Over the last two decades, Digital Classics – the application of computational methods and technologies to the study of the ancient world – has emerged as both a research area within digital humanities and as a community of practice, with its dedicated journals, online discussion forums, and seminar series.
At UNIL and EPFL, Digital Classics are showing strong potential in terms of scientific exchange between scholars from the two institutions. Researchers are introducing digital tools and computational methods in their research and teaching (see e.g. #ASAnumerica), and developing a substantial number of methods and tools (see Digital Humanities Laboratory DHLAB) — particularly in the realm of text and image processing — that can be applied to the study of sources on the ancient world (manuscripts, editions, archaeological reconstructions, etc.).
In the past few years, ad hoc Digital Classics-related initiatives involving researchers from both institutions have been developed, namely in the teaching of social and human sciences.
The program “Digital Classics/Numérique et monde antique” aims to take a further step in this direction. Its goals are to strengthen the knowledge exchange between researchers of the field by involving PhD students, post-docs, early-career research engineers, and professors to spark future activities and collaborations — including joint grant proposals, interdisciplinary research seminars, and teaching activities — and to foster a dynamic and collaborative research community.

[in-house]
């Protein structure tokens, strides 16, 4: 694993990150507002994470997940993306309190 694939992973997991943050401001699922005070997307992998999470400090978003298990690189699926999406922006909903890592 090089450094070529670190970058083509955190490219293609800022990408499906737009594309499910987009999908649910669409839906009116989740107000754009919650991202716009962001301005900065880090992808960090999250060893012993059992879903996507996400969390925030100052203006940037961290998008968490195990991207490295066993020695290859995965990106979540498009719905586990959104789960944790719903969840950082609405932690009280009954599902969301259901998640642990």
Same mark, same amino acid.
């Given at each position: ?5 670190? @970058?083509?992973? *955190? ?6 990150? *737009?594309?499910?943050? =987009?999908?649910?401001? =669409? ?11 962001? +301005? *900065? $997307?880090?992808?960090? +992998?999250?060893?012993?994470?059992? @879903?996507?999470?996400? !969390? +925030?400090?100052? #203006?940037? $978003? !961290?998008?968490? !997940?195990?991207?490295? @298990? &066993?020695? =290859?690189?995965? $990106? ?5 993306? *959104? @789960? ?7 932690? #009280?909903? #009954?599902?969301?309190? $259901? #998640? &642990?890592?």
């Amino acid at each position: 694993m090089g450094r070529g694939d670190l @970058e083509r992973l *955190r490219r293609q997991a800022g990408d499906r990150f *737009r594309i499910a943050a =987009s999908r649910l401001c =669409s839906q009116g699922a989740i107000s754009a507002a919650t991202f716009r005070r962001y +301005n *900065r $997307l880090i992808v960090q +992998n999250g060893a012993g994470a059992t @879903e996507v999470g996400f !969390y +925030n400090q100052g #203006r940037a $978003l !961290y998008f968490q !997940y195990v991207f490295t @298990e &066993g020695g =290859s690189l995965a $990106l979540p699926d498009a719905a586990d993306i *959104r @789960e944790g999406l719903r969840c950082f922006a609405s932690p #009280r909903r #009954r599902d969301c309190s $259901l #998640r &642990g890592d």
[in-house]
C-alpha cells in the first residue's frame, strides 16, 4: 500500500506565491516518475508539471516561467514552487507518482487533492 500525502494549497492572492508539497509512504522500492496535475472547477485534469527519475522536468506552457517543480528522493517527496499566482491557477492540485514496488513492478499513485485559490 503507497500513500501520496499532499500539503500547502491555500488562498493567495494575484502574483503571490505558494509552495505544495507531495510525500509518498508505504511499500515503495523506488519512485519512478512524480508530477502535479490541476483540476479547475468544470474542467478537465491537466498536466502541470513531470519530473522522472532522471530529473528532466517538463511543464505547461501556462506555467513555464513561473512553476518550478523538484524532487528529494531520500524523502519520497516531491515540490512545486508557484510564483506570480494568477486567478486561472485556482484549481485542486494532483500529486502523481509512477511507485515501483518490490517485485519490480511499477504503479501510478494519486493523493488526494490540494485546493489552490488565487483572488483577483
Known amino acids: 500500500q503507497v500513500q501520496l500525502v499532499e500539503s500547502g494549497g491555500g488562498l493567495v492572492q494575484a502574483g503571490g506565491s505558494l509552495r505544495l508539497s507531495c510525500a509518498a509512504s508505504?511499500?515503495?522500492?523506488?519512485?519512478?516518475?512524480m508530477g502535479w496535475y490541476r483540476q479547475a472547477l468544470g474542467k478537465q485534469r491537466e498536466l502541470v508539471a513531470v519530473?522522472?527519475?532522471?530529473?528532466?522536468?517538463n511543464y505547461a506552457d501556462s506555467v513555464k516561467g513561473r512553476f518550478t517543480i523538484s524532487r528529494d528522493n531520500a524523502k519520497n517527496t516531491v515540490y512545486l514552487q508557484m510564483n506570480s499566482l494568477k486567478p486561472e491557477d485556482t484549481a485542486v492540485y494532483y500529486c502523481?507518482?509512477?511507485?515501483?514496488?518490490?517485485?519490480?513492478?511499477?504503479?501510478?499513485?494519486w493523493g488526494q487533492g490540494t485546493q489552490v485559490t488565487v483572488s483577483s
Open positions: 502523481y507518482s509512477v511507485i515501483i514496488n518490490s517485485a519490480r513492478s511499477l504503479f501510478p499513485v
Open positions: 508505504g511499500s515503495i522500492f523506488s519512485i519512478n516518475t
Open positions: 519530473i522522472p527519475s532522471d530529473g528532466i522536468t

Topics of interest:
What follows is a preliminary, non-exhaustive list of research topics that are of interest to members of the program:
- Gaming and virtual reconstructions of the past/cultural heritage
- Pedagogy: using digital tools/methods in the classroom
- Optical Character and Layout Recognition (OCR, OLR) for historical texts
- HTR (Handwritten Text Recognition) for ancient sources (papyri, manuscripts, inscriptions)
- Text encoding strategies for archival documents, manuscripts, digital editions
- Text mining, information extraction from historical texts
- Linguistic annotations: morphology, syntax
- Technology & language teaching/learning
Contact person: Matteo Romanello, email: matteo [dot] romanello [at] unil [dot] ch